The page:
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FOUR DOWNS: Rookies see plenty of action in season finale


With the playoffs no longer in the cards, one of the things to watch Sunday vs. Green Bay was how Detroit's rookie class would finish off their seasons.

The Lions have received a number of important contributions from their rookies this season, and that continued Sunday in Detroit's 35-11 win.

First-round pick Jarrad Davis thwarted a Packers' early scoring drive by recording the first interception of his career. Davis finished with 12 tackles to lead the Lions in the game, along with recording that early pick. Davis finished the year with 96 tackles, two sacks, one interception and one forced fumble in 14 games.

Wide receiver Kenny Golladay caught a 54-yard touchdown from quarterback Matthew Stafford in the second quarter. He caught a beautifully thrown ball on the post pattern and stiff-armed Packers safety Ha Ha Clinton-Dix and raced to the end zone. It was Golladay's first touchdown since Week 1. He made a terrific back-shoulder catch for 26 yards later in the second half that helped set up Detroit's last touchdown. He had 80 yards on two catches and finished with 28 receptions for 477 yards (17.0 average) with three touchdowns in 11 games.

Cornerback Jamal Agnew has excited all year with his punt-return ability, but an injury to fellow rookie Teez Tabor (arm) forced him into an extended role in the nickel cornerback spot. He did some good things in that role, particularly playing physical against the run. Agnew is already one of the best young punt returners in the NFL.

The biggest leap in development for a player is typically between their first and second seasons. It's good to see these youngsters head into their offseasons on a good note.


Offensive coordinator Jim Bob Cooter and the offense have been working on a trick play to be used down around the goal line for a few weeks now if they got the proper look.

It wasn't until Sunday that the Packers gave Cooter and Stafford what they were looking for, and the trickery resulted in a nice cap on Detroit's season sweep of the Packers.

"Guys have been working on that for a number of weeks," Lions head coach Jim Caldwell said after the game.

"It's been something we've been working on for a long time and Jim Bob and the offensive guys thought this would be a good game to utilize it. We thought we'd get the kind of look we needed."

The play came with the Lions leading 33-11 following an Ameer Abdullah touchdown run in the fourth quarter. The Lions wanted to extend the lead to 24 to make any Packers comeback attempt need three touchdowns and then three two-point conversations.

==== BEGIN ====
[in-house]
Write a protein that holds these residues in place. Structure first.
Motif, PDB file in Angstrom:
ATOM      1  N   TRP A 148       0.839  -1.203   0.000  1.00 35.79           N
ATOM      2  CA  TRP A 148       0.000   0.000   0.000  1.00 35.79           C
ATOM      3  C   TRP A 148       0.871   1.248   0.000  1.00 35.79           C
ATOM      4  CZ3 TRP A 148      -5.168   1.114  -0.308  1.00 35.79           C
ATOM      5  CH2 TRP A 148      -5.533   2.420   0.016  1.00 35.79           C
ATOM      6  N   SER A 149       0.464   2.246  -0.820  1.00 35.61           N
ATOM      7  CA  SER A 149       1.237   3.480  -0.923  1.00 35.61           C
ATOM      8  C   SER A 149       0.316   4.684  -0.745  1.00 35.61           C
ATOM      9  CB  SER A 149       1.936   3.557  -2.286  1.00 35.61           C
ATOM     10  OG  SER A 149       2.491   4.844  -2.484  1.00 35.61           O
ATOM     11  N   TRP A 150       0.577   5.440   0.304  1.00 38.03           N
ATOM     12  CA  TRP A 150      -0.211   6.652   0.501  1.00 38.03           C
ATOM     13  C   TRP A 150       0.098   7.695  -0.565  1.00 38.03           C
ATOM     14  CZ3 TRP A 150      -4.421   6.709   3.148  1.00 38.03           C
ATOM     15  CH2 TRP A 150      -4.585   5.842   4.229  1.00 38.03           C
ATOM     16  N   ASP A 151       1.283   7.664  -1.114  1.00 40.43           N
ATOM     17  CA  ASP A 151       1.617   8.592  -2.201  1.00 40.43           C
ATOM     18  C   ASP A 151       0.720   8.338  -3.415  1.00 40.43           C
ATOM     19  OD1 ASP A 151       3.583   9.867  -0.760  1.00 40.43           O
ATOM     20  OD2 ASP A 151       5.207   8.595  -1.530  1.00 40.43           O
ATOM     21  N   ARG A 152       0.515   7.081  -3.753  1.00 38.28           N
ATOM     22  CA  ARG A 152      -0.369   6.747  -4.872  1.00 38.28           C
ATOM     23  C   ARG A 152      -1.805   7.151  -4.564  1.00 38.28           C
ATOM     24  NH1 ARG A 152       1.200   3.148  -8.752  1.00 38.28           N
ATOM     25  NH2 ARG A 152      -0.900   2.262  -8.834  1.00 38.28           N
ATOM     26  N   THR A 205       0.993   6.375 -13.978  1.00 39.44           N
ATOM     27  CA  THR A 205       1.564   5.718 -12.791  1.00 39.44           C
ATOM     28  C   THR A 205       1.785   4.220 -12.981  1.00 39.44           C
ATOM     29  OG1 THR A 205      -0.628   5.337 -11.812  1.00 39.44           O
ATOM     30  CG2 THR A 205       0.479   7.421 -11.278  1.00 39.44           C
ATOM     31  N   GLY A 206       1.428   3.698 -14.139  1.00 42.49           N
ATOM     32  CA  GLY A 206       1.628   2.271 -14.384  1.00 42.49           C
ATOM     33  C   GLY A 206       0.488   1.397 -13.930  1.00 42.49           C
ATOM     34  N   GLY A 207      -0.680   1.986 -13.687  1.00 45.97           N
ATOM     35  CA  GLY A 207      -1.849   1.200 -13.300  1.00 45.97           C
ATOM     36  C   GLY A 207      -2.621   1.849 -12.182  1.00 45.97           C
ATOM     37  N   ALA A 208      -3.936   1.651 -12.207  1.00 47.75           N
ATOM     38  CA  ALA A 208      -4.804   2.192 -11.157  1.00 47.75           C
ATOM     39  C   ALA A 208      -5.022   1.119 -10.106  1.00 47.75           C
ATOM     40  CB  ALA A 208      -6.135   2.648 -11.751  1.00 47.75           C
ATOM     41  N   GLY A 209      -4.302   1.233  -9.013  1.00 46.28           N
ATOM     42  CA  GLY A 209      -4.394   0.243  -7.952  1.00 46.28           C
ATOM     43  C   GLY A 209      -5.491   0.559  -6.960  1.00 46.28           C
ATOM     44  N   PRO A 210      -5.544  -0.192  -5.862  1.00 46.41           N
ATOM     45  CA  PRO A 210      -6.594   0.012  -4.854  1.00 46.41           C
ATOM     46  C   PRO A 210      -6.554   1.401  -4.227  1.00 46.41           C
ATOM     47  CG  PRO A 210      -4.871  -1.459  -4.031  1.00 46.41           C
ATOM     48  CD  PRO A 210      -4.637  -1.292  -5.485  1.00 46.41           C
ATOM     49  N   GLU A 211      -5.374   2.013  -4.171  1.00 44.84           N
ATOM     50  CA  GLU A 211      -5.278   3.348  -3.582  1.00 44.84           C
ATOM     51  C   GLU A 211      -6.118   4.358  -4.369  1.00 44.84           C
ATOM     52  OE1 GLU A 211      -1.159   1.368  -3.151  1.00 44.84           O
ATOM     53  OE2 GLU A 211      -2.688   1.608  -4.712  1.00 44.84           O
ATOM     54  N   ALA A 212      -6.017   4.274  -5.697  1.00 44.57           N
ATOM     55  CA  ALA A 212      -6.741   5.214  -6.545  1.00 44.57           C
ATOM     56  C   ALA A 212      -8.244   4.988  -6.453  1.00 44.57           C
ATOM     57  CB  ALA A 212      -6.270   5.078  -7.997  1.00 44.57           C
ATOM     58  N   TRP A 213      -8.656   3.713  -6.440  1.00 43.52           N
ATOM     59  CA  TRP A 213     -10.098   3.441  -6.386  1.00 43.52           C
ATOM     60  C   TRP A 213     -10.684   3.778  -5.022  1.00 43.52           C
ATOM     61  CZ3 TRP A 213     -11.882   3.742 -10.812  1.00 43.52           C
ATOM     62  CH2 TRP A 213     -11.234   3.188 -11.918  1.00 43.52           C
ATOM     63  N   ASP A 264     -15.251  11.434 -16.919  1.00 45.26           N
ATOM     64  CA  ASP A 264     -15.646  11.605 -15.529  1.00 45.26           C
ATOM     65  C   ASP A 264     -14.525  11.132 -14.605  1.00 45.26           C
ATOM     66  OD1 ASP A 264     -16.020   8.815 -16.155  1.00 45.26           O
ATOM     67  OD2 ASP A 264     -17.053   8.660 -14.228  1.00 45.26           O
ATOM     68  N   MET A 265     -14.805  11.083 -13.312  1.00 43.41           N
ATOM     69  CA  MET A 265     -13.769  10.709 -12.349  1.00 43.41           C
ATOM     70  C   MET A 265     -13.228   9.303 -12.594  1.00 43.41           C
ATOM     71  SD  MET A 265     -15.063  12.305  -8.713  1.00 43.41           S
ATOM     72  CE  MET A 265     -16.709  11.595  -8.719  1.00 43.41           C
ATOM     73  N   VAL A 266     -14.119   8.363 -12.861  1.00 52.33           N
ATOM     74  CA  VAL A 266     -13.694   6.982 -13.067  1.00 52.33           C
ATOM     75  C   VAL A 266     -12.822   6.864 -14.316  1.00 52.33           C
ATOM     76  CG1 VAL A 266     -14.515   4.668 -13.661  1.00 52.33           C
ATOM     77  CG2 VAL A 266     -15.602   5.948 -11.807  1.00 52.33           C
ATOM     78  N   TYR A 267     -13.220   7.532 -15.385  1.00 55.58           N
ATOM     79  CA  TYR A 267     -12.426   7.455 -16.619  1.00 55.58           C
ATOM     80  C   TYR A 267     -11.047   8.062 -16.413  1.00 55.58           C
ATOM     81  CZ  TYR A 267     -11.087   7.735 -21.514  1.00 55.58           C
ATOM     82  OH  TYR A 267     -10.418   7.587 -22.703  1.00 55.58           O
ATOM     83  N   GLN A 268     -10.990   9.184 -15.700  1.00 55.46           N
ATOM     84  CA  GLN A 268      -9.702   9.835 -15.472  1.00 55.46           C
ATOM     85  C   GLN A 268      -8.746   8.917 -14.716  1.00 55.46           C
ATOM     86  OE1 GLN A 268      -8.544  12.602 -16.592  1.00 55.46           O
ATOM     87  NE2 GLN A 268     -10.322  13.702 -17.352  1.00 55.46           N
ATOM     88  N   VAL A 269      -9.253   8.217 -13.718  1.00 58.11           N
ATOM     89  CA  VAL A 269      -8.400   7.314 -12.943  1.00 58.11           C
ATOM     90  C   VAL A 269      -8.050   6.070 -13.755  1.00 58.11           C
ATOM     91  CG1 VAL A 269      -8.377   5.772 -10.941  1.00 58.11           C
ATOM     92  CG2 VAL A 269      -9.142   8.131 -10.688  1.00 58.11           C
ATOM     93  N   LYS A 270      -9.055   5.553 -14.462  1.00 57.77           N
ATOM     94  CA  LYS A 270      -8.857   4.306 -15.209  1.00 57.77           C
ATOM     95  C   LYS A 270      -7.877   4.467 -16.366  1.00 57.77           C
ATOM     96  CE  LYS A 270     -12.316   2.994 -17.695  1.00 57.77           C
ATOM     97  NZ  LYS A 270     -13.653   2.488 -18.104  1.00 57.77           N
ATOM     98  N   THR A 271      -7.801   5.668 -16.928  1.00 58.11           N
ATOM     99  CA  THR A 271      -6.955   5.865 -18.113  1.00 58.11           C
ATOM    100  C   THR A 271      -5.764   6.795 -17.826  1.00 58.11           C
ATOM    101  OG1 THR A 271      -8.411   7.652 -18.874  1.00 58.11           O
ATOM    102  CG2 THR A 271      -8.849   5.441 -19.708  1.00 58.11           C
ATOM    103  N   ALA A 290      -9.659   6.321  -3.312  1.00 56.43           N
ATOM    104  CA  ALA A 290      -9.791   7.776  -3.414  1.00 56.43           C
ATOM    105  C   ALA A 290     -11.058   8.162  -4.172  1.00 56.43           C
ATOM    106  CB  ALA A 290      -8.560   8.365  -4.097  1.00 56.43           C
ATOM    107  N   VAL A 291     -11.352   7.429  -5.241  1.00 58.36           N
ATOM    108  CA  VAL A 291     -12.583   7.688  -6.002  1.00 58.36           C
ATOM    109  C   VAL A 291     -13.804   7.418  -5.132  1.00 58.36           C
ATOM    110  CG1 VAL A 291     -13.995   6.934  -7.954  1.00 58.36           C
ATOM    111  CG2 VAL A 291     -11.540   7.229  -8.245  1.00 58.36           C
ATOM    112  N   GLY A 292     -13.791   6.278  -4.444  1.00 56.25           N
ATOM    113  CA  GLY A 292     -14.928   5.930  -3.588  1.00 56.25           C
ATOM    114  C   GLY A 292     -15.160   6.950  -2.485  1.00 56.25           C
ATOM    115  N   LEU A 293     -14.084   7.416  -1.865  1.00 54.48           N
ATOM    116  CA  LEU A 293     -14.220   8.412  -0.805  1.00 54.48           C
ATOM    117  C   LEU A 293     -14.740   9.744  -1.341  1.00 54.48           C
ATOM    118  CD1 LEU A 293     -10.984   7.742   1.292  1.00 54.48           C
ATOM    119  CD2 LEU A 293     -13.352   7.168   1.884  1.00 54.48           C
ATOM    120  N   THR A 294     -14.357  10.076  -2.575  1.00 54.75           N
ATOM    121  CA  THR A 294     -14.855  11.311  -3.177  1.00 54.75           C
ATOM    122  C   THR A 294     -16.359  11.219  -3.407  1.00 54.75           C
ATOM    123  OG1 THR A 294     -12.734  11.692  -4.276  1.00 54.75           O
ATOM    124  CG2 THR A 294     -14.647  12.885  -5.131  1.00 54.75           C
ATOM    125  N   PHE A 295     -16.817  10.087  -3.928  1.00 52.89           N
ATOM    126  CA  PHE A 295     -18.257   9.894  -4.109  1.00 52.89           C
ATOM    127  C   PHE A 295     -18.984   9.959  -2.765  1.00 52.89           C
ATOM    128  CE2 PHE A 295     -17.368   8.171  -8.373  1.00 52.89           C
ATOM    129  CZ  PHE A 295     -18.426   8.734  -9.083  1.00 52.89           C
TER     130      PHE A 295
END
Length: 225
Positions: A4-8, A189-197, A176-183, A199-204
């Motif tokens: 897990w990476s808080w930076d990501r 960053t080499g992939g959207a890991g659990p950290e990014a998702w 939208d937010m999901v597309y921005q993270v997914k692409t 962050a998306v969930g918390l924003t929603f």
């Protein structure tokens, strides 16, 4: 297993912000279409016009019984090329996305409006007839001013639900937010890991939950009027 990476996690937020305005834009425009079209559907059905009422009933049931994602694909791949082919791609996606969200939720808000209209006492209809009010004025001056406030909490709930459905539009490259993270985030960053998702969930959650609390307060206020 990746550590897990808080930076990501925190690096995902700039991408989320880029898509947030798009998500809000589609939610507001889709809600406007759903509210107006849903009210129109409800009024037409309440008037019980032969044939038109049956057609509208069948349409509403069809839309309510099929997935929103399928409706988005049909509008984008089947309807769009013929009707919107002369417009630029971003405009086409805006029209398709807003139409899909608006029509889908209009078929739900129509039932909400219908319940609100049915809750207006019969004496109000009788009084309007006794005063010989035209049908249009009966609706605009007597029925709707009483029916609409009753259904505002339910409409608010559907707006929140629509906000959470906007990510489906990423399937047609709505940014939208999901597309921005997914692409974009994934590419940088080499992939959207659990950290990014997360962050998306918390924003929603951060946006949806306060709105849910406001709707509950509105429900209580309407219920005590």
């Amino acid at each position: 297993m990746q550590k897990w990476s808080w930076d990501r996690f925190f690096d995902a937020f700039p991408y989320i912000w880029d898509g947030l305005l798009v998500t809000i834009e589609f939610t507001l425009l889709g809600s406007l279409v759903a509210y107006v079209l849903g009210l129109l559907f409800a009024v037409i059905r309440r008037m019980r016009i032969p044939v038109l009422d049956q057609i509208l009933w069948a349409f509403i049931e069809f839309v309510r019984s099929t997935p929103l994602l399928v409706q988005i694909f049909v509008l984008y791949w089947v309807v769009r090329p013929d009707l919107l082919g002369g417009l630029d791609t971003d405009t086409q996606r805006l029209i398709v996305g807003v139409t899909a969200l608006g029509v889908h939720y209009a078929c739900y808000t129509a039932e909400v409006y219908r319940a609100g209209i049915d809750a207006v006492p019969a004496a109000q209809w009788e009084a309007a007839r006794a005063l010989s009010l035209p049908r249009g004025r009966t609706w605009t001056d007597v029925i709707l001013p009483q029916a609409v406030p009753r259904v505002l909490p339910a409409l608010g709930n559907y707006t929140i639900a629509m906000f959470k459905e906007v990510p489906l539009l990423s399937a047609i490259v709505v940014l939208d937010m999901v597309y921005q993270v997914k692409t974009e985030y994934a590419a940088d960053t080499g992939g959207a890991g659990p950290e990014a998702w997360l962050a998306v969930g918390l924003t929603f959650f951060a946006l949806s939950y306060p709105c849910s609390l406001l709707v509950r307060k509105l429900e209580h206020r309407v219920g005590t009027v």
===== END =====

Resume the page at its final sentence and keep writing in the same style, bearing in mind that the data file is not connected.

Stafford pretended he was changing a play and was walking around communicating with the receivers when the Lions direct snapped the ball to Abdullah, who went right with it. Abdullah pitched it back to Golden Tate on the reverse, who then threw the ball to a wide-open Stafford in the end zone.

"We practiced it a bunch, so I've caught it a bunch," Stafford said after the game, when asked what was going through his mind when the ball was in the air. "I was just happy he called it. Guys were fired up in the huddle that he called it. Fun way to end it."

In the locker room after the game, Tate was quick to point out he is now 2-for-2 throwing the football in his NFL career with a touchdown and a two-point conversion.


Consider Detroit's late two-point conversion a reply to an early wrinkle by the Packers.

View in-game photos from the Detroit Lions Week 17 game vs. Green Bay Packers.

Don't tell Green Bay Packers head coach Mike McCarthy Sunday's game didn't mean anything.

The Packers won the opening coin flip and decided to defer to the second half. But they had a surprise in store for the Lions' special teams.

Green Bay caught the Lions sleeping and went with an onside kick to open the game. Kicker Mason Crosby booted a nice one-bouncer 14 yards into the hands of safety Jermaine Whitehead at the Green Bay 49-yard line.

The Packers would move the ball to the Lions 21-yard line before quarterback Brett Hundley had a ball bounce right off the hands of Jamaal Williams and into the hands of Davis at the Detroit 8-yard line.

McCarthy and the Packers coaching staff obviously saw something on field they thought they could exploit and did. Coaching doesn't stop just because the there's nothing to play for beyond Week 17.


Last season, Stafford and the Lions' offense struggled to push the ball down the field in the passing game for chunk plays.

"Last year, we couldn't buy a big play," Stafford said. "We were 10-, 12-, 14-play drives for touchdowns."

This year, the big play was back in a big way.

The Lions entered Sunday's game with the fourth-most completions of 20-plus yards (57) in the NFL. Add four more catches to the list as Stafford hit Tate for a 71-yard touchdown, Golladay on a 54-yard touchdown, Marvin Jones Jr. for a 51-yard bomb and Golladay for a terrific 26-yard grab along the sideline in the fourth quarter.

The two touchdowns to Tate and Golladay are the 14th this season for the Lions from 20-plus yards. They had seven all of last year.

Cooter's done a better job this year dialing up some plays for a talented receiving corps to make more plays down the field.

"It was a lot of fun throwing the ball down the field some this year and those guys going and making big-time plays for me," Stafford said. "It was a lot of fun."

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